Skip to main content

The Statue of Liberty

Beginnings of Lady Liberty
The colossal neoclassical sculpture that has stood at the entrance to New York harbor since 1886 symbolizes New York City in the way that the Eiffel Tower means Paris and Big Ben instantly evokes London. The figure of “Liberty Enlightening the World” was a gift from the people of France, and the inspiration for it first came during the American Civil War, when most of the French people strongly approved of the abolition of slavery.

The creation of some monument to express this and to honor the coming centennial of American independence, which had been achieved with the help of France, was first proposed around 1865. The idea was also supported by many French intellectuals as a gesture of opposition to the increasingly repressive rule of Emperor Louis Napoleon in the late 1860s. Following the Franco-Prussian war, the fall of the Second French Empire and the establishment of the Third French Republic, many in France felt that the renewed close ties between the two great republics should be symbolized in some way. During the 1870s plans emerged for a monument to be constructed in France and given to America by the French people but erected and thereafter maintained by the people of the United States. Construction was begun in 1876 in France, but it took a decade for an American site to be found, a pedestal to be built and the statue to be disassembled, transported to New York and re-erected.

The statue came close to being built at the Canal rather than in New York Harbor, according to some accounts of its conception. Around 1865, Édouard de Laboulaye, president of the French Anti-Slavery Society, proposed to the sculptor Fréderic Bartholdi that a statue be built to honor the worldwide struggle against slavery during the 19th century. The statue was also intended in part to celebrate the approaching end of the American Civil War and the abolition of slavery in the United States, but also to galvanize opposition to imperial government in France and support for the re-establishment of a French republic.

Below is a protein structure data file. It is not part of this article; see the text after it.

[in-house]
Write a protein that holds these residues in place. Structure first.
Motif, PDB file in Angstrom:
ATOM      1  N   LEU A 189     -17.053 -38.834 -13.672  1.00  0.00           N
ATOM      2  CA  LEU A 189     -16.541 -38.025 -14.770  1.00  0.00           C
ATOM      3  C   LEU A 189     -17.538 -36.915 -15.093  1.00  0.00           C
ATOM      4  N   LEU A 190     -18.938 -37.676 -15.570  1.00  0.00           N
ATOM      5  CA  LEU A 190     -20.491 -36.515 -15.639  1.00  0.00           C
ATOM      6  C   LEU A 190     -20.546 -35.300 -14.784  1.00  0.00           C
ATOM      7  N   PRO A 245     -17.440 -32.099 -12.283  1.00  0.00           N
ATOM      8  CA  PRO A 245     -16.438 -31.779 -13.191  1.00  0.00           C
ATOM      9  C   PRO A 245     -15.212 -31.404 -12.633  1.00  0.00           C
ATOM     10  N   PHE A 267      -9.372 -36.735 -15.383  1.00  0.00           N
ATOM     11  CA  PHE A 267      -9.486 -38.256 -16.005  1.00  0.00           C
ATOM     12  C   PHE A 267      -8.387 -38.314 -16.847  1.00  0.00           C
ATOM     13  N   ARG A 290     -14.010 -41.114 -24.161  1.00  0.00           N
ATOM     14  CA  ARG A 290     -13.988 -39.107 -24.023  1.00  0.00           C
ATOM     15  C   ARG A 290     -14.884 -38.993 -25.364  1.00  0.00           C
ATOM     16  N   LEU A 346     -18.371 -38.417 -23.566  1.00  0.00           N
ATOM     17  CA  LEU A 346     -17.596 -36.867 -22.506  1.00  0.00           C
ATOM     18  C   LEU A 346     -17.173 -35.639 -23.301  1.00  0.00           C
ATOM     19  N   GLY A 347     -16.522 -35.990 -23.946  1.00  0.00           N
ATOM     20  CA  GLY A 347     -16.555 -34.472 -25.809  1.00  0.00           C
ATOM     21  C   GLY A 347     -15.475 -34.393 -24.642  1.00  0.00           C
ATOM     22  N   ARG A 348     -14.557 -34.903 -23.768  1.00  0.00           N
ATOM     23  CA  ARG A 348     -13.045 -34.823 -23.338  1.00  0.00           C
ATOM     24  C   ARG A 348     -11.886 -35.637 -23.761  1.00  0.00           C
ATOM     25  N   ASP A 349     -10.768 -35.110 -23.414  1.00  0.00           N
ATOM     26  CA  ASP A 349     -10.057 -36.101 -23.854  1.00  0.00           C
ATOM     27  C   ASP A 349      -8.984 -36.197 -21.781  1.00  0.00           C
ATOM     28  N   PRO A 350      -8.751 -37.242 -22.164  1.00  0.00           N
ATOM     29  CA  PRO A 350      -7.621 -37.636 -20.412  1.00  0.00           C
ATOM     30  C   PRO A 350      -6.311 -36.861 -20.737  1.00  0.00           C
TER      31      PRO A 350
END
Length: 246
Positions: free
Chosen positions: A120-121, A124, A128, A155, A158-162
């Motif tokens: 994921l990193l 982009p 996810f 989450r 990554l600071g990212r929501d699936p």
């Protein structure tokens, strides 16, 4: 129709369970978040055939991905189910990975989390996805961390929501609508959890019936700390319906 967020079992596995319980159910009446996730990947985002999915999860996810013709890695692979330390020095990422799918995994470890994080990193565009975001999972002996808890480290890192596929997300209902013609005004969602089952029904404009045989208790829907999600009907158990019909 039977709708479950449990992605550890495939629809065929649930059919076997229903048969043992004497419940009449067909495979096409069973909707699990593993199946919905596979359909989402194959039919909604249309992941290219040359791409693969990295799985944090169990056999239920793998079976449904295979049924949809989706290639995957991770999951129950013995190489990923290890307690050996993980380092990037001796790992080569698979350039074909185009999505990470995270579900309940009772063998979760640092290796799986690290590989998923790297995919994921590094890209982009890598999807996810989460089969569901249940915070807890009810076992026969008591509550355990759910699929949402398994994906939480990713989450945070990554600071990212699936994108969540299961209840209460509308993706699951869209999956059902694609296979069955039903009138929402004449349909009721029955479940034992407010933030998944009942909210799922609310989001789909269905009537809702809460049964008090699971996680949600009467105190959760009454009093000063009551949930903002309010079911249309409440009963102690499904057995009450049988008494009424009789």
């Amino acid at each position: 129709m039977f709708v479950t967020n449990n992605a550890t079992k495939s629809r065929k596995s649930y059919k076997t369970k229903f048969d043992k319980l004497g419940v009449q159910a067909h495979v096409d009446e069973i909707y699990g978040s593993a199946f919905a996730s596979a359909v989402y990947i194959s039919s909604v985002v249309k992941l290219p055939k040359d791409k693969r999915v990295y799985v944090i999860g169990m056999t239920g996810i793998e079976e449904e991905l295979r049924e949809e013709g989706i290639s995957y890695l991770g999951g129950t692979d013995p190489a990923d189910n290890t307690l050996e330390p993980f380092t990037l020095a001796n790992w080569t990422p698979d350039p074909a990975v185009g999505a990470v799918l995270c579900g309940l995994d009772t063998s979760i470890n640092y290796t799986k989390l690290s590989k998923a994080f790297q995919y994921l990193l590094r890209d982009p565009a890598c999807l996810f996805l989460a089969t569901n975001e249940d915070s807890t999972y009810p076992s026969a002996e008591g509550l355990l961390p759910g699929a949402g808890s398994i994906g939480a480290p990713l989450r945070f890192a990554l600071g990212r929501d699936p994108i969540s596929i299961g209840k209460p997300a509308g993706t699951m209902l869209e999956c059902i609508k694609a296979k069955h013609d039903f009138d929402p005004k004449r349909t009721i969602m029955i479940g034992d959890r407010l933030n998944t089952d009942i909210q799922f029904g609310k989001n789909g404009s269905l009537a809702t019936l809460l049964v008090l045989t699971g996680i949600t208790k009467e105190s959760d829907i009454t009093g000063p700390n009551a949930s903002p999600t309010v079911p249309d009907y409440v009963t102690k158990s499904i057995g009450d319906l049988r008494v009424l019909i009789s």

Bartholdi was at the time trying to interest the Khedive of Egypt in a monumental sculpture at the entrance to the Suez Canal, an attempt to reconstruct the lighthouse of Alexandria that was one of the Seven Wonders of the Ancient World, but taking inspiration also from the Colossus of Rhodes, another ancient wonder. The monument was to take the form of an immense female statue, dressed in the garb of a fellah or Egyptian peasant and holding aloft a torch in her extended arm. When the Egyptian project fell through, Bartholdi turned his attention to the American one and went to New York to look for backers in 1871, taking the plans for the giant female statue with him.

Sailing into New York harbor, Bartholdi passed the empty Bedloe’s Island, and was struck by its suitability for a large monument. He inquired and found that the island belonged to the federal government, having been ceded in 1800 by the New York legislature for a harbor fort that was never built. President Ulysses S. Grant was supportive of the plan but financial support was not forthcoming, and Bartholdi returned to France after revising the vestments and headdress of the planned statue along classical Greek lines with the aid of his friend, the sculptor John La Farge. He practiced for the Statue of Liberty with several smaller but still monumental sculptures in France, intended to memorialize the fallen in the Franco-Prussian War just concluded and to inspire support for the new French republic just established.